Former RuPaul collaborator to bring his country punk rock to San Diego
By Pat Sherman
Guitarist/vocalist Glen Meadmore — a staple of the Los Angeles punk/avant-garde scene of the 1980s and 1990s and an early collaborator of drag megastar RuPaul —will bring his act back to San Diego for a performance at the Tower Bar in City Heights Sept. 22.
Long before the native San Diegan built his media empire, RuPaul performed backing vocals for Meadmore onstage in Atlanta, New York and Los Angeles, and on Meadmore’s mid-’80s country-techno LP, “Squaw Bread.”
Meadmore and RuPaul first met at the Four-Star Saloon in West Hollywood, where Meadmore had a regular Thursday night show at club Limbo Lounge, performing his version of “(Theme from) Valley of the Dolls,” as well as songs from his first CD, “Chicken & Biscuits” (which led Dead Kennedys’ frontman Jello Biafra to pen a fan letter to Meadmore’s record label).
“RuPaul stayed with me for a while in Hollywood and did some vocals on [the song] ‘No Money No Honey,’” Meadmore recalled. “Ru was very shy, very quiet, very introspective and always talked about being famous — more than anything.
“He wanted me to go on ‘The Gong Show’ with him and I was like, ‘no, I’ve got my limits.’ I won’t go on cheesy national TV and have people make fun of me,” Meadmore said. “I don’t mind being a joke on stage, but it’s within my control. He didn’t care. He just wanted the exposure. That’s what separated him from me. He was willing to do anything to become famous. I was not. I wanted to do it my own way.”
Meadmore did just that — if not achieving the same level of fame, certainly equal or of greater infamy — in full-on drag as guitarist for the punk band Pedro, Muriel & Esther (or PME, fronted by performance artist and colleague Vaginal Davis and including Meadmore’s current, longtime bassist Dean Opseth).
After PME’s first EP, Meadmore decided to form his own country-punk band, releasing three CDs, “Boned,” “Hot, Horny and Born Again,” and “Cowboy Songs for Little Hustlers.”
Three of his songs are featured in the 1996 Bruce LaBruce film “Hustler White,” in which Meadmore was also cast.
His current band also includes powerhouse Dave Kendrick, a former drummer for Sparks and Devo. Meadmore met Kendrick through Devo co-founder Mark Mothersbaugh, who contributed an illustration of Meadmore being raped by an alien to the album art for “Hot, Horny & Born Again.”
“Mark was doing the music for this play I was in,” Meadmore said. “I was looking for a drummer and he said, ‘Why don’t you use our drummer?’ … He came out and we clicked, and he’s been with me ever since. I have to give credit to Dean and Dave for sticking with me all these years of no rewards … for being loyal friends.”
Meadmore last performed in San Diego at the Casbah, with the Geraldine Fibbers and the Muffs. He is currently gearing up to play Germany in November. Though stardom on the level of RuPaul may have eluded Meadmore, he said he’s happy with his modest but loyal fan-base, and excited to still be performing.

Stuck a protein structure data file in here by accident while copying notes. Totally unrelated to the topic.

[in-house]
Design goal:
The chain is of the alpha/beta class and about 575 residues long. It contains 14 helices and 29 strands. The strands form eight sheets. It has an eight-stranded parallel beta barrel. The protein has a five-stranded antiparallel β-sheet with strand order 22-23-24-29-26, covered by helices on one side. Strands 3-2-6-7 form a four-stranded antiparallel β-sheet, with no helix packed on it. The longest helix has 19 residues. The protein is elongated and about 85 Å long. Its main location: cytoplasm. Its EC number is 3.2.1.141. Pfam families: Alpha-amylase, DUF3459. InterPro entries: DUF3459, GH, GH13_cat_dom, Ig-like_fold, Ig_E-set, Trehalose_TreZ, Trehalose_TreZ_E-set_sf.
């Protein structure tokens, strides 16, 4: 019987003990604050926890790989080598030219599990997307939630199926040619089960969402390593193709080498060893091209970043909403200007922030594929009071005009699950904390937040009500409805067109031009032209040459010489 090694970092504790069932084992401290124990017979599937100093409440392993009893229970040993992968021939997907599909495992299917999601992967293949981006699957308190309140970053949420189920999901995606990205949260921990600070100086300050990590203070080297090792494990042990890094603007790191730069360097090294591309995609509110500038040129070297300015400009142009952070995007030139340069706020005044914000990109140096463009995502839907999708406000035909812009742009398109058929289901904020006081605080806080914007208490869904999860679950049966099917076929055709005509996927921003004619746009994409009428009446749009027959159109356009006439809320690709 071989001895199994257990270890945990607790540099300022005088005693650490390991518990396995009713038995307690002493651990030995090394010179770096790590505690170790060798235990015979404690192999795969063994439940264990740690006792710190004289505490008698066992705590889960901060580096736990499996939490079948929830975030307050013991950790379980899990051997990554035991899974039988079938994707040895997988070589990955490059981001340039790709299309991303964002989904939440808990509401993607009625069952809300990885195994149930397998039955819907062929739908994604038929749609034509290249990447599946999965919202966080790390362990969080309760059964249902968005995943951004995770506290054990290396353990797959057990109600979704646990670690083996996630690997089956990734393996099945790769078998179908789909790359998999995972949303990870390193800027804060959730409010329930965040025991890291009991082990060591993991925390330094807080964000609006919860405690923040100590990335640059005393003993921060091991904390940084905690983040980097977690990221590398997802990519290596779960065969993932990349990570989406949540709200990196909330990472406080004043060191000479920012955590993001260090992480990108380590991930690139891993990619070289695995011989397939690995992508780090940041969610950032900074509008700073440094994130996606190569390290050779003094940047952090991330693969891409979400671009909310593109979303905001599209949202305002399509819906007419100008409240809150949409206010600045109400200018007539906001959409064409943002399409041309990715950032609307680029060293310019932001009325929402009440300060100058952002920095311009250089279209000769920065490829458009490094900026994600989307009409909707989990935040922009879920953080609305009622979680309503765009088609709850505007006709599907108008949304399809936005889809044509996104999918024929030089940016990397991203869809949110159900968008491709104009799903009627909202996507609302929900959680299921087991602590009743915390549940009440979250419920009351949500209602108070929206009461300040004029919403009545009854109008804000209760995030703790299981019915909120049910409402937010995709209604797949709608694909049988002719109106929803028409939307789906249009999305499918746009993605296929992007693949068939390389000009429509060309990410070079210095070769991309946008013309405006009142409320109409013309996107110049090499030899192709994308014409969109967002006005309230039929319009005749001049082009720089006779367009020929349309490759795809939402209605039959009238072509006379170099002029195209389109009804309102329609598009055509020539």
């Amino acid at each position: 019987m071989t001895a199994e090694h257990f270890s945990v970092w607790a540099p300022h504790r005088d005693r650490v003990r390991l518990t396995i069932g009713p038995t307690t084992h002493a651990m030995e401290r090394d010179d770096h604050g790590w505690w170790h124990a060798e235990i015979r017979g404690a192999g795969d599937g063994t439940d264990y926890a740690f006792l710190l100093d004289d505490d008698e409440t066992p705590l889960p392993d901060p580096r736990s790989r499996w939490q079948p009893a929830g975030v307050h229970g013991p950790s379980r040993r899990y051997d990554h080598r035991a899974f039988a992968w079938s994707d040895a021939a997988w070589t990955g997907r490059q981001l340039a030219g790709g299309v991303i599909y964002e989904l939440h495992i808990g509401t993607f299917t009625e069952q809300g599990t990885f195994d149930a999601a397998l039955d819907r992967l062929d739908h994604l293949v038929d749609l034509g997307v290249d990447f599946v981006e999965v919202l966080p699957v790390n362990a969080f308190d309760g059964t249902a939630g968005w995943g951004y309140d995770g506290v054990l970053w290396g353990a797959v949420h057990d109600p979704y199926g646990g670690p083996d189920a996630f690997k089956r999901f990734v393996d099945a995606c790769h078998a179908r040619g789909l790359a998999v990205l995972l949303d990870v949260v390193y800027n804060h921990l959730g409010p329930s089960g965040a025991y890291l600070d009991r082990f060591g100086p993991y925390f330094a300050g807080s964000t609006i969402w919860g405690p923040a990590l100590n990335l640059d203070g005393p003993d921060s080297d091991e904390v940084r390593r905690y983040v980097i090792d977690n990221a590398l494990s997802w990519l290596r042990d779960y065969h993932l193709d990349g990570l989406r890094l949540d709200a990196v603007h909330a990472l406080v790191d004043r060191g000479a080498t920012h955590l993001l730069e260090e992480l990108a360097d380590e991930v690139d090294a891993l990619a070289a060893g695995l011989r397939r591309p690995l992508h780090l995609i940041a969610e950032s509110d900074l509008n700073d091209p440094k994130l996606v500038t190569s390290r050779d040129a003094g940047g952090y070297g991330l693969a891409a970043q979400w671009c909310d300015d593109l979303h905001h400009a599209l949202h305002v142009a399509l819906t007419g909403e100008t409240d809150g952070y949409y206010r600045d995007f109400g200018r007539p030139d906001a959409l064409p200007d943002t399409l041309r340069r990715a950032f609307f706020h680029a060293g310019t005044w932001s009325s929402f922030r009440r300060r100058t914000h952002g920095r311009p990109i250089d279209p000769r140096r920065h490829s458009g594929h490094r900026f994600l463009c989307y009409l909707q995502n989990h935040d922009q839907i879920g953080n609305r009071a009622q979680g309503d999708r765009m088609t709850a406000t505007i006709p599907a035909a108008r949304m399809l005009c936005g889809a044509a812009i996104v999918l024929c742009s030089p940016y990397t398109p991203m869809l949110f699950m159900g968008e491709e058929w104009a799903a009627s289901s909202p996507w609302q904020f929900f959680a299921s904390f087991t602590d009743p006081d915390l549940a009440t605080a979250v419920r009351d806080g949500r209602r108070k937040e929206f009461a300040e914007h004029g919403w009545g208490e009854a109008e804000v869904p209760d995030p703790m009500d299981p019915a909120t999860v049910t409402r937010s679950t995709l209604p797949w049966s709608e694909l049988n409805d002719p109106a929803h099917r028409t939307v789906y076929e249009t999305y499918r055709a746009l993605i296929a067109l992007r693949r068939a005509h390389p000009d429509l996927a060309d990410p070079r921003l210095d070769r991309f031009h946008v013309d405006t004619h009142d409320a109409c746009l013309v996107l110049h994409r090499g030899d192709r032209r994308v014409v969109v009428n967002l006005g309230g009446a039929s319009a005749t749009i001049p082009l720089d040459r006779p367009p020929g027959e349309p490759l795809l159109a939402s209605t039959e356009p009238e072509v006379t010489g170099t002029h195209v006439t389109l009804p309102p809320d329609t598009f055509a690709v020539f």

“I opened for Jane’s Addiction and I got extremely booed, like it was raining objects on me,” he recalled. “But at the same time, there was a group that was cheering me loudly. I thought, ‘That’s great. At least I got a reaction.’ … In one of our shows in Turin, Italy, there was no audience except for a lone dog.
“Imagine,” Meadmore mused. “Who plays to a dog? I do.”
After hearing about an exhibition of paintings by serial killer John Wayne Gacy at Amok Books in Silver Lake, Meadmore was intrigued and commissioned Gacy to do four portraits of himself — one which became the cover of “Hot, Horny and Born Again,” produced by composer and filmmaker Jack Curtis Dubowski.
Meadmore’s Gacy commission evolved into a correspondence that lasted from 1988-93, the year before Gacy’s execution.
“I thought, ‘I wouldn’t mind having a painting of myself done by a serial killer, just to see what their impression would be,’” he said. “I thought it would be an interesting slant on art … just from the perspective of somebody with a deranged mind. I was into deranged minds.”
Meadmore says he felt the correspondence might help channel “a sense of dementedness and darkness” that he could incorporate into his performances.
“I wanted be scary in some way,” he said. “I didn’t want to be like a safe performer.”
Meadmore’s performances included opening for Donny Osmond at one of notorious club kid (and later convicted killer) Michael Alig’s parties, in a Swiss Miss outfit. A Santa Barbara show led to an obscenity trial, for which Meadmore was later exonerated.
“That was me neglecting to wear anything underneath my costume,” he said. Another performance, which included the insertion of chicken heads into Meadmore’s posterior, got him 86ed from LA’s Anti-Club — no easy feat.
“I didn’t put the beak in,” he noted. “I had more sense than that.”
Though Meadmore has since put aside drag and flamboyant costumes for a 10-gallon hat, his music is as wild and unhinged as ever.
“I can’t say that I was the wildest performer, but I like to think I contributed something to the danger of rock ‘n’ roll,” he said.
Glen Meadmore and his Kuntry Band will perform Friday, Sept. 22, at 9 p.m. (with the Dum Cumpsters and New Swear), at The Tower Bar, located at 4757 University Ave. in City Heights. For more information, visit thetowerbar.com.
—Pat Sherman is a local freelance writer and editor and a former editor of Gay San Diego. He can be reached at firstname.lastname@example.org.